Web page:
The problematic part is "how is a useful comment be even more useful when its executable?" For example, some comments are attached to fields, not statements. Also, writing comments is bound to become more formal when code is involved (comments are effectively meta-code, perhaps we even have comments about comments!). Right now, "print" is the most common form of meta-code statement that we use, but maybe that is not good enough.

Now, once comments become meta-code, how do we leverage them? If they always execute, then they slow the program down, and people will see them as too expensive. Even creating a full log during debugging is probably not practical for big programs; their execution has to be more selective.

I think there is a classification work to be done on the various kinds of very different things we lump together as "comments": they're so free-form today that we sometimes don't even notice the difference. I'm in favor of destroying comments, precisely to force people to do this classification when programming, because I think specialized feature could bring a lot of value. Your suggestion above is possibly one such feature, but it's important to recognize that it addresses *some* mode of uses of comments, rather than all of them.

At a simpler, much less ambitious level, I've noticed in the past that comments suffer from not being attached to a precise point in the AST of a program. When structured comments are used for auto-generating documentation for example, various ugly heuristics need to be used to determine after the fact to which declaration a given document comment should be attached. Elisp and Python's docstrings are much superior in this regard, as they are precisely fixed to a declaration, and this enables various side-benefits.

So this is a first comment role: structured text to explain and document an *interface*, that should be attached to a precise point in an AST.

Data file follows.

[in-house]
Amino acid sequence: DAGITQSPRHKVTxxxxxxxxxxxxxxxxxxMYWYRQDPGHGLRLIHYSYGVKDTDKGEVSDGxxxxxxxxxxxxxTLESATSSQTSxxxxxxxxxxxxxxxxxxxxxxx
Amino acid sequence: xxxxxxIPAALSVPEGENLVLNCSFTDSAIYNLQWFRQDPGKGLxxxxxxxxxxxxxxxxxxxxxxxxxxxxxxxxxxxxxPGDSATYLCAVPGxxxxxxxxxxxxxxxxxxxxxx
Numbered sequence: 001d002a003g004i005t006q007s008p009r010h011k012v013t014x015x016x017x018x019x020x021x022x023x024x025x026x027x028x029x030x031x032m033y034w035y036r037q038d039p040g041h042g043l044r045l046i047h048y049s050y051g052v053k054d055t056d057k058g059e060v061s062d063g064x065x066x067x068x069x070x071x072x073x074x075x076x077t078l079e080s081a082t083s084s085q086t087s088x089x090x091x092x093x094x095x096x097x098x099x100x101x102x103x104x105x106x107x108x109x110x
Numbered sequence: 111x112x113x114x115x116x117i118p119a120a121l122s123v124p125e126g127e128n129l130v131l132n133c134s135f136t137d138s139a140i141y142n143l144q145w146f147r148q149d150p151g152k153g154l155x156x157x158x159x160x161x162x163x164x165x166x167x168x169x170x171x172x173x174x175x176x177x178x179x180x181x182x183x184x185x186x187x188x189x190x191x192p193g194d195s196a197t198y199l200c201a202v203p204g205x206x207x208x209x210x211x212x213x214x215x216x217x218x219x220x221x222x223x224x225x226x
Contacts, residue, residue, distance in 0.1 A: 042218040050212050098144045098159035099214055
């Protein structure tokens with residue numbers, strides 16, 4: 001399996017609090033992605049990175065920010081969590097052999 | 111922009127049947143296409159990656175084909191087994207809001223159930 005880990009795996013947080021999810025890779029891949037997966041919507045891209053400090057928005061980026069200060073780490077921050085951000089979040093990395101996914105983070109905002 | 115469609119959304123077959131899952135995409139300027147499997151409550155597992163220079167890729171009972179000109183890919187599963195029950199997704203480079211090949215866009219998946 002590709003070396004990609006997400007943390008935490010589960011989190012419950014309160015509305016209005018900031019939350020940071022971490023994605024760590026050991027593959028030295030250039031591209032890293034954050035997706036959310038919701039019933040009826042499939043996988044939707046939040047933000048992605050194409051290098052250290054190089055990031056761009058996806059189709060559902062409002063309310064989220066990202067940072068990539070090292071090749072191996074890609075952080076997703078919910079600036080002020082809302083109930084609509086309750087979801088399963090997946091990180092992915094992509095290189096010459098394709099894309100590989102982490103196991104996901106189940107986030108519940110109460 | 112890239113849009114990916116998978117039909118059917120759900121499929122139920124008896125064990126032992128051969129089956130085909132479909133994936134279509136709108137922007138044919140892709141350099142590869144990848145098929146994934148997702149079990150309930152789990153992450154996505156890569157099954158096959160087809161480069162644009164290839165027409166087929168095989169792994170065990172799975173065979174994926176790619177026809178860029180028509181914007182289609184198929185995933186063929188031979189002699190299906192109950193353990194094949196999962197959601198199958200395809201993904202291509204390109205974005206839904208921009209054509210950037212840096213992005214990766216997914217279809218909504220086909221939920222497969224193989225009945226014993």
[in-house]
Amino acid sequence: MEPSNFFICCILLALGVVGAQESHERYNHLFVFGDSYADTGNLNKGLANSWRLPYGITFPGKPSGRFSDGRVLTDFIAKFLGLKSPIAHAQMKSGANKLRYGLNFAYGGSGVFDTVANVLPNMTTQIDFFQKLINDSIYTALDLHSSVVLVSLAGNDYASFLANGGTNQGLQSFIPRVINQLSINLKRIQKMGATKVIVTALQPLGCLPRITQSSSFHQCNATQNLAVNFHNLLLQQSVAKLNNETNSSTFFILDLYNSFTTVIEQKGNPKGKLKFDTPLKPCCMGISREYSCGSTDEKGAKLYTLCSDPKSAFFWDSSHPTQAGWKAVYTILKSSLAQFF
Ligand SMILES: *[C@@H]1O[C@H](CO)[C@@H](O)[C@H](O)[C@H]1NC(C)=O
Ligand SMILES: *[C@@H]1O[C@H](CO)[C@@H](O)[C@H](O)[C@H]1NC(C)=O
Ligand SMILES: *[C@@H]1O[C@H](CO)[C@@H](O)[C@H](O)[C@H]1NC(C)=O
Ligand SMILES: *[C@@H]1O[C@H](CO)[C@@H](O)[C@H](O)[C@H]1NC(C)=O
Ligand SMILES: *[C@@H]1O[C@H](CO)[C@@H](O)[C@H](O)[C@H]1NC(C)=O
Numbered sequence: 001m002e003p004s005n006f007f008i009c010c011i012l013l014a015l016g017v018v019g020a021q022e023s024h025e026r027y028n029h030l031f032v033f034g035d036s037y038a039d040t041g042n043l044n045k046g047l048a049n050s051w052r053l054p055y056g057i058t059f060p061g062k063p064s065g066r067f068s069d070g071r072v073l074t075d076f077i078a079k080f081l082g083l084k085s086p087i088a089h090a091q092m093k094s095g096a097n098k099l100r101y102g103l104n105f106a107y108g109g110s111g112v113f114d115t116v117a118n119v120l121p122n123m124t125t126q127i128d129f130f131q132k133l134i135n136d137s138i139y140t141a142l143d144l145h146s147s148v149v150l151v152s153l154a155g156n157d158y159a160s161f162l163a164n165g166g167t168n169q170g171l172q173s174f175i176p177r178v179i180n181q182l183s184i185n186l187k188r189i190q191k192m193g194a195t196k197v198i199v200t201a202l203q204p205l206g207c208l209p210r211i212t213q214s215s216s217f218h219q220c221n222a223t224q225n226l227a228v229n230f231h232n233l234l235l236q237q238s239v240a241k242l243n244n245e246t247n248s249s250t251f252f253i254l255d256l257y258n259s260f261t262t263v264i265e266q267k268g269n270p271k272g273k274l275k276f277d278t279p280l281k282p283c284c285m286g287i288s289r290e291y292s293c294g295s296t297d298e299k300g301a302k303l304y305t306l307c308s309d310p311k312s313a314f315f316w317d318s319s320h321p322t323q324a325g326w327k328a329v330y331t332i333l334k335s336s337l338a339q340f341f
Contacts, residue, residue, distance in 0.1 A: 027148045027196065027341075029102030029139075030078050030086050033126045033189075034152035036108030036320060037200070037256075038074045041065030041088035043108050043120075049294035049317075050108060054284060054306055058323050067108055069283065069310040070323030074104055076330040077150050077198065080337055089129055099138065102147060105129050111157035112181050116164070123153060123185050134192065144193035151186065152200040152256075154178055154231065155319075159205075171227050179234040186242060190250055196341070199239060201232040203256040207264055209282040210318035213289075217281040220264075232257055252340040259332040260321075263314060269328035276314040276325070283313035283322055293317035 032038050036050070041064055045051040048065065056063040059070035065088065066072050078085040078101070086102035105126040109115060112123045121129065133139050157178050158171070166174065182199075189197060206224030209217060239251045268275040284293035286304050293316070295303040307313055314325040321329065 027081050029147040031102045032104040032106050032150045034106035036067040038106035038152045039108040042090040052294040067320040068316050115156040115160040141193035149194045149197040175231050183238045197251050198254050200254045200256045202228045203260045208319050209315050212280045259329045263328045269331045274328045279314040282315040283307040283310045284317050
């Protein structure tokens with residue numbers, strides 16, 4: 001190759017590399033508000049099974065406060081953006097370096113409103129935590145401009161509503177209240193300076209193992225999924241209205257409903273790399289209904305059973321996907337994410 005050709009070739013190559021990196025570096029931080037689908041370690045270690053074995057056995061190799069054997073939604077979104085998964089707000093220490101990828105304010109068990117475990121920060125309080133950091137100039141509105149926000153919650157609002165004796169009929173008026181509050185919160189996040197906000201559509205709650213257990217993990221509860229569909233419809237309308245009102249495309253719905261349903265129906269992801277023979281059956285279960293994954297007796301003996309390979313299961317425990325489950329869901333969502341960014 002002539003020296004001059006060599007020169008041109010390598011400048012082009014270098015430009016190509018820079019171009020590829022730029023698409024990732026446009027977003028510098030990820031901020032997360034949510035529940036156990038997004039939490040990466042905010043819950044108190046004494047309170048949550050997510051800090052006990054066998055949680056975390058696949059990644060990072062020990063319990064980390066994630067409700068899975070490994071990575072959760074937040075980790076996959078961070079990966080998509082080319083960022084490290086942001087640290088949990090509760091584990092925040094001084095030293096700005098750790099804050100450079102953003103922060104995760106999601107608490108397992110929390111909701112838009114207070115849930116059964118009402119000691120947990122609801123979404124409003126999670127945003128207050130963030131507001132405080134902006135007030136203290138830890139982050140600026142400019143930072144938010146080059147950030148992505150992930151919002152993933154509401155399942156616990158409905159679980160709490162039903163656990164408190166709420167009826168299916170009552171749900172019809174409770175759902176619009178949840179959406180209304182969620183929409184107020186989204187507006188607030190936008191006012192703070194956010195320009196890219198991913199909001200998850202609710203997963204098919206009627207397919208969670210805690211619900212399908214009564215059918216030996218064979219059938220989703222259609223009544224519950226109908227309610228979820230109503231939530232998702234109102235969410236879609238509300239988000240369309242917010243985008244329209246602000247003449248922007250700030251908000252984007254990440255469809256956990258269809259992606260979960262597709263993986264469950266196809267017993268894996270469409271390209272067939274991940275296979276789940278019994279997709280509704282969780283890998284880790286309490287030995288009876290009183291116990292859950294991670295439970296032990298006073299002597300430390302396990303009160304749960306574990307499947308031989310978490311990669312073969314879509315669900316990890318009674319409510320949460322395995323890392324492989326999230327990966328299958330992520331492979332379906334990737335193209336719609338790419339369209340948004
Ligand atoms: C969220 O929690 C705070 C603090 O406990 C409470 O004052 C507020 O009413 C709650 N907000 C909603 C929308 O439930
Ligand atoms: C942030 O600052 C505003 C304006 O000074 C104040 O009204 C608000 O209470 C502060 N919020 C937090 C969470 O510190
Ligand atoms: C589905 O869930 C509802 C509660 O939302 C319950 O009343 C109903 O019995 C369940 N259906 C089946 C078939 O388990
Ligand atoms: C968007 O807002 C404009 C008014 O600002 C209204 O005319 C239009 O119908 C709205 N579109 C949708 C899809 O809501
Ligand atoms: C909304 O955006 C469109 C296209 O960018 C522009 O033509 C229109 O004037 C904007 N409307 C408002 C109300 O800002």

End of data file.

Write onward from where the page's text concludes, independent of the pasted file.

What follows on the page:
Not that not all comments can be turned into docstrings (even a generalization of docstrings with a syntax to attach them to all AST nodes, not just declarations). For example, "I will comment this line to see if the bug happens without it executing" does not fit in this category. This is a new role, commenting to temporarily disable code (that is better served by "if false ...", as you keep type-checking the disabled part, but sometimes the point is that it cannot compile in this environment (language version, etc.), in which case you need a preprocessing #if).

I don't yet understand the use-cases you have in mind for your "executable comments". You seem to be thinking of using the "execution" to display values/state, which seems is intriguing but rather obscure to me (I don't remember the last time where I thought "ah, if only this comment came with the concrete value which is used here instead of an abstract name"; I use printf debugging sometimes but they don't naturally align with comments).

The category I would naturally think of is "program reasoning" comments (logical assertions which can be checked either statically or dynamically): invariants, assertions (those aren't comment anymore), preconditions and postconditions. I would be interested in better support for those, but I'm not sure how related that is to your idea (obviously "code that must evaluate to true" is a subcase of "executable comment", but it feels different in nature). Another question is the intersection with the comment role of "explanation about the implementation for the next fellow maintainer": a part of that is about giving static assertions, a part of that is about "the code is as follows because previously we did this and we wanted to retain compatibility in such a way", which isn't purely reasoning on the current version of the code.

you could do that already? i jest, i jest.

[java pseudocode]
class InterfaceDocumentation {
public final String comment;
public InterfaceDocumentation( String s ) { this.comment = s; }
}
class SomethingThatNeedsInterfaceDocumentation {
public final InterfaceDocumentation id = new InterfaceDocumentation(
"This is a Foobar that helps us Barfizz w/out the pain of Frobbing."
);
}


Literate programming

Is it just me, or is this vaguely reminiscent of literate programming? Literate programming never sounded like The Right Thing to me, but it seemed like Javadoc was somewhere on (though near the opposite end of) that spectrum as well, with The Truth somewhere in the vast territory between them.